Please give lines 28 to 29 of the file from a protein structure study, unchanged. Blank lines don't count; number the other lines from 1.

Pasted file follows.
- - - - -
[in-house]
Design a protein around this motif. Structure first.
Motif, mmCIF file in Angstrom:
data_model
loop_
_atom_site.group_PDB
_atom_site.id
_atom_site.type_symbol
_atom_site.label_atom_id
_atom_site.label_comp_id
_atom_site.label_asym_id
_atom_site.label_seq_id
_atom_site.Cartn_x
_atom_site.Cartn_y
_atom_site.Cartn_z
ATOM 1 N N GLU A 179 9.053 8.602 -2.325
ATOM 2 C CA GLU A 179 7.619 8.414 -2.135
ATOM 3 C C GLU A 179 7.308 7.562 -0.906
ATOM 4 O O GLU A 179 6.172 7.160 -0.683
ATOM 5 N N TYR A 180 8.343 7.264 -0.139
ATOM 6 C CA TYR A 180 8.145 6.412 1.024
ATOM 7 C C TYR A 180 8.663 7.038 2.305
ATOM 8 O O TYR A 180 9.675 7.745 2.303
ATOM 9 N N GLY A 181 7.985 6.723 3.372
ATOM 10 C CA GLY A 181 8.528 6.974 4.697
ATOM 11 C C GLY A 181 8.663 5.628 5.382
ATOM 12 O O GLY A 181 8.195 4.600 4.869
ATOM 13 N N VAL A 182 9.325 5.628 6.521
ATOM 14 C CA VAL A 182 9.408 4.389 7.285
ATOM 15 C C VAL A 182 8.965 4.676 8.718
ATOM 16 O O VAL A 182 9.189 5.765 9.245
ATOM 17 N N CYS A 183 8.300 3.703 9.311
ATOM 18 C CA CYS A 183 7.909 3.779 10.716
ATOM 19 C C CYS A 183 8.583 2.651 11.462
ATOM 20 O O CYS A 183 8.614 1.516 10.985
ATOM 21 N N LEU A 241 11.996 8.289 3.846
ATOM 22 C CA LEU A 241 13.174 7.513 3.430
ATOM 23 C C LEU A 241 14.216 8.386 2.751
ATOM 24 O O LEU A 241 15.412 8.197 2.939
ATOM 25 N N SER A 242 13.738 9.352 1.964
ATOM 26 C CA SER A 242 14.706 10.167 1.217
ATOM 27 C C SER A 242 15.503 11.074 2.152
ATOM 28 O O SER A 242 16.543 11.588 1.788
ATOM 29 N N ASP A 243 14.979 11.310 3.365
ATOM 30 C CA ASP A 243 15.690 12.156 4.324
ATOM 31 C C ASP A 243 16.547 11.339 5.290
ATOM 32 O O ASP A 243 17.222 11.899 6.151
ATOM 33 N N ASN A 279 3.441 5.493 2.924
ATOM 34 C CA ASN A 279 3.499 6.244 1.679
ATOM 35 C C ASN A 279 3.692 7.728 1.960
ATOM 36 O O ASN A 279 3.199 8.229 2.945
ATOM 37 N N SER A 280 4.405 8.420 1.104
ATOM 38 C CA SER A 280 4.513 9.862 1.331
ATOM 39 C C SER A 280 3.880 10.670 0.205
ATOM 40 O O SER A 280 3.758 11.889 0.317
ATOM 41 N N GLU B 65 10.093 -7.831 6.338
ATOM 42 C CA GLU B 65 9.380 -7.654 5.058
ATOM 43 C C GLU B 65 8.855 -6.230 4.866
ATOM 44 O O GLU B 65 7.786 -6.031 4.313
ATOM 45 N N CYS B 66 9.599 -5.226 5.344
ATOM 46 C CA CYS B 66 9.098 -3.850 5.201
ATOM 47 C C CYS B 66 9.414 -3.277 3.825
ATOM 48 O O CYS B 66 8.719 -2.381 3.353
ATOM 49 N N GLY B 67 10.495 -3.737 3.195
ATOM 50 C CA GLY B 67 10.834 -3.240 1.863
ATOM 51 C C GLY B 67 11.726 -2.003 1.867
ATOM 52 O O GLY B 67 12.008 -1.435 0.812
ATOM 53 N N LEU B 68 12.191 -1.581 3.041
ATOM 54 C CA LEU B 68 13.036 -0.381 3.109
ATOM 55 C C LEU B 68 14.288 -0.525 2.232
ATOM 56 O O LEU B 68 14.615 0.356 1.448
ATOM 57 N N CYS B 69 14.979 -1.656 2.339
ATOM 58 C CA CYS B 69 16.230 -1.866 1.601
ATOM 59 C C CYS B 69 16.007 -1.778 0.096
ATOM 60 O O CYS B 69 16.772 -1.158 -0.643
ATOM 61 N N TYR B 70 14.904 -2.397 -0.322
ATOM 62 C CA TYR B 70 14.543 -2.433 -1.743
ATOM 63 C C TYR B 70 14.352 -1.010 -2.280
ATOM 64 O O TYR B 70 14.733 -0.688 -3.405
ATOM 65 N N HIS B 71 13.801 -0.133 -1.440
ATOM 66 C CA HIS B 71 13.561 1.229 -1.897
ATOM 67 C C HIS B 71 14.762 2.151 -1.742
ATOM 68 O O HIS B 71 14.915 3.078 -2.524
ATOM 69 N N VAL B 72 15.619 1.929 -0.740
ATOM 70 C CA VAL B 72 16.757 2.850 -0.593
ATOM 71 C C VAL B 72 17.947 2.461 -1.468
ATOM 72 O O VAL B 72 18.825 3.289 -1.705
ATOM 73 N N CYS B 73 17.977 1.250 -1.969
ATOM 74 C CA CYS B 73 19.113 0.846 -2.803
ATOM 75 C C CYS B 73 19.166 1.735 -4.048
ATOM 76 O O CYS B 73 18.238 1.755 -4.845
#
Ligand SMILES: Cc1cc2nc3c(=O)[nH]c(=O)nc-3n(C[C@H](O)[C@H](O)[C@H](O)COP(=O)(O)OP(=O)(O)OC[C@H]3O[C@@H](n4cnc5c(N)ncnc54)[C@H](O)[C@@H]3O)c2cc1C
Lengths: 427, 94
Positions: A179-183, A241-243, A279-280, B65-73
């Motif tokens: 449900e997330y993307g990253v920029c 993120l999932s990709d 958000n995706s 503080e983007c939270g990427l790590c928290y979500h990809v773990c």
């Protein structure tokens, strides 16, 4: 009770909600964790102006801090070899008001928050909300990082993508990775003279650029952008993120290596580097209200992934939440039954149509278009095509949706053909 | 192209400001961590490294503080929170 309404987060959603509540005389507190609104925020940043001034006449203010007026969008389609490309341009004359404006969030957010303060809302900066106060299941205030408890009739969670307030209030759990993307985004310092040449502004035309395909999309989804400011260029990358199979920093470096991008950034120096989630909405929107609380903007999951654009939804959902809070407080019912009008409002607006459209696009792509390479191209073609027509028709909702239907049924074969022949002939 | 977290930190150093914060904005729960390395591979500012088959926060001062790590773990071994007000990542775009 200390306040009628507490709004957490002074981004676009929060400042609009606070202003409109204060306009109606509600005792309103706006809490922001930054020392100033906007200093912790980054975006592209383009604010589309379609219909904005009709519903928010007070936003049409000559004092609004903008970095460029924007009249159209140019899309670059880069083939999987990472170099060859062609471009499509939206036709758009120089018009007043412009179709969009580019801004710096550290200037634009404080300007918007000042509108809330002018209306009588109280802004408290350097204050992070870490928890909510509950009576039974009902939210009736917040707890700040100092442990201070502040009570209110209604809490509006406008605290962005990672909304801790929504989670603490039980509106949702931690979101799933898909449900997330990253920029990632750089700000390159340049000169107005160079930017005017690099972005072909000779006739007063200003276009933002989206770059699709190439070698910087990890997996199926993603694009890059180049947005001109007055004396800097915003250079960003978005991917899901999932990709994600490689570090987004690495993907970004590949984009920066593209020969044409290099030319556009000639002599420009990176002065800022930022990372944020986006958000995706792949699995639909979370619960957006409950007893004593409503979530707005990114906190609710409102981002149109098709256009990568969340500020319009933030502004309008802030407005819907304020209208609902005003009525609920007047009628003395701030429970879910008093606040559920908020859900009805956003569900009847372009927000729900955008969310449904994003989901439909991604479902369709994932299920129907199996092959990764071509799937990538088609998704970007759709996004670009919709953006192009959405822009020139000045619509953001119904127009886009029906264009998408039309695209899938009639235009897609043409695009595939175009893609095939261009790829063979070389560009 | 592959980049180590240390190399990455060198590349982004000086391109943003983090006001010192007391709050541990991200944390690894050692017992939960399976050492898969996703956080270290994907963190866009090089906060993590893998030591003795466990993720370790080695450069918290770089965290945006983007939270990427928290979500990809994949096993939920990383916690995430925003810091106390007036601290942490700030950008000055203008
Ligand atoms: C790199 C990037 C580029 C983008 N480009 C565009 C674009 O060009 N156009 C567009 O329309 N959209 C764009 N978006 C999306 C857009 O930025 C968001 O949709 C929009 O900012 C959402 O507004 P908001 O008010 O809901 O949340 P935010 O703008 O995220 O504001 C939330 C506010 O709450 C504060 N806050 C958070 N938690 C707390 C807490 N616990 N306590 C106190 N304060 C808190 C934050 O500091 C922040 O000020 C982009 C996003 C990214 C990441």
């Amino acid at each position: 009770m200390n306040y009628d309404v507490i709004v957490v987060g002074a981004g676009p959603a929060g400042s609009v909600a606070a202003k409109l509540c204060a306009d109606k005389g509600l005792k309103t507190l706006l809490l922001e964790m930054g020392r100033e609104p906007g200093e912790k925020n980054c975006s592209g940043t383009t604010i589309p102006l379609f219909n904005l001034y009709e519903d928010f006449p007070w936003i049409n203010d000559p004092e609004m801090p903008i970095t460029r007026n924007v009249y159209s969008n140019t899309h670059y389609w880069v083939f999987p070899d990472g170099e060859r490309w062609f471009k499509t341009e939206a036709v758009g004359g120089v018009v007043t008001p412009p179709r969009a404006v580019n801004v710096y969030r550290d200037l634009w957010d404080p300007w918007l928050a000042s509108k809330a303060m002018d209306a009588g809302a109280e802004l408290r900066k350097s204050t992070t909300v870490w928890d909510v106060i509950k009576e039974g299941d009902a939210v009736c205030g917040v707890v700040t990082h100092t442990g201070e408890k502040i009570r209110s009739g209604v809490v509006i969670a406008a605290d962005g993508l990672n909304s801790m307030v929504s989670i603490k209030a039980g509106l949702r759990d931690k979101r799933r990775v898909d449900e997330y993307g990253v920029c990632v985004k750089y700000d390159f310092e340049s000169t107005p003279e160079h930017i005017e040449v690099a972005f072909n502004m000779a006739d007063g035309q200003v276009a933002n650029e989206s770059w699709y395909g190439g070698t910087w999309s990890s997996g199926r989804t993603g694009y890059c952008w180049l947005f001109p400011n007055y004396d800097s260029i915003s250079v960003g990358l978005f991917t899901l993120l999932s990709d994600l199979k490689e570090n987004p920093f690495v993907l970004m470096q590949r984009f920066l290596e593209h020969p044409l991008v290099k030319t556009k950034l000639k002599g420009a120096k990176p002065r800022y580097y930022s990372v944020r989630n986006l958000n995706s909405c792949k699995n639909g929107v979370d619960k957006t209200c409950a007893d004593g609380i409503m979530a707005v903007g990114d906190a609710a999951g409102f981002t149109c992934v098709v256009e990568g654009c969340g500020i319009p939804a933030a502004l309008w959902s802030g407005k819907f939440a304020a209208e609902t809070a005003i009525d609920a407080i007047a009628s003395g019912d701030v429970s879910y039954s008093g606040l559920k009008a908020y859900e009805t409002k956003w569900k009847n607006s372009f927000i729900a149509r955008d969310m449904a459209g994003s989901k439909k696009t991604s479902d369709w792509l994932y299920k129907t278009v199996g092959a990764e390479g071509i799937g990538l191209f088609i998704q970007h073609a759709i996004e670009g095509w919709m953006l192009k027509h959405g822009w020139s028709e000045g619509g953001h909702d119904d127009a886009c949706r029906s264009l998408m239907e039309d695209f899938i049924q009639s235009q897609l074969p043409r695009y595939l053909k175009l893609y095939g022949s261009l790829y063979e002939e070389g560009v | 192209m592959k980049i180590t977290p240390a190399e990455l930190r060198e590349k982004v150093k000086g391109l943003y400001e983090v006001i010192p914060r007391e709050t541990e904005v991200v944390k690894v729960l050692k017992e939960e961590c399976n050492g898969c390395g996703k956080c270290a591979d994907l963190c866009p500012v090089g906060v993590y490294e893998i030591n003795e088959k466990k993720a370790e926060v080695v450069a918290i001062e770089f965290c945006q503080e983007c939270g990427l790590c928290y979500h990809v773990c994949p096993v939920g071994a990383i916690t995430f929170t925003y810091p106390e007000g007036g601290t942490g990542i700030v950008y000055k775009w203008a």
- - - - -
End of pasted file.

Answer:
ATOM 13 N N VAL A 182 9.325 5.628 6.521
ATOM 14 C CA VAL A 182 9.408 4.389 7.285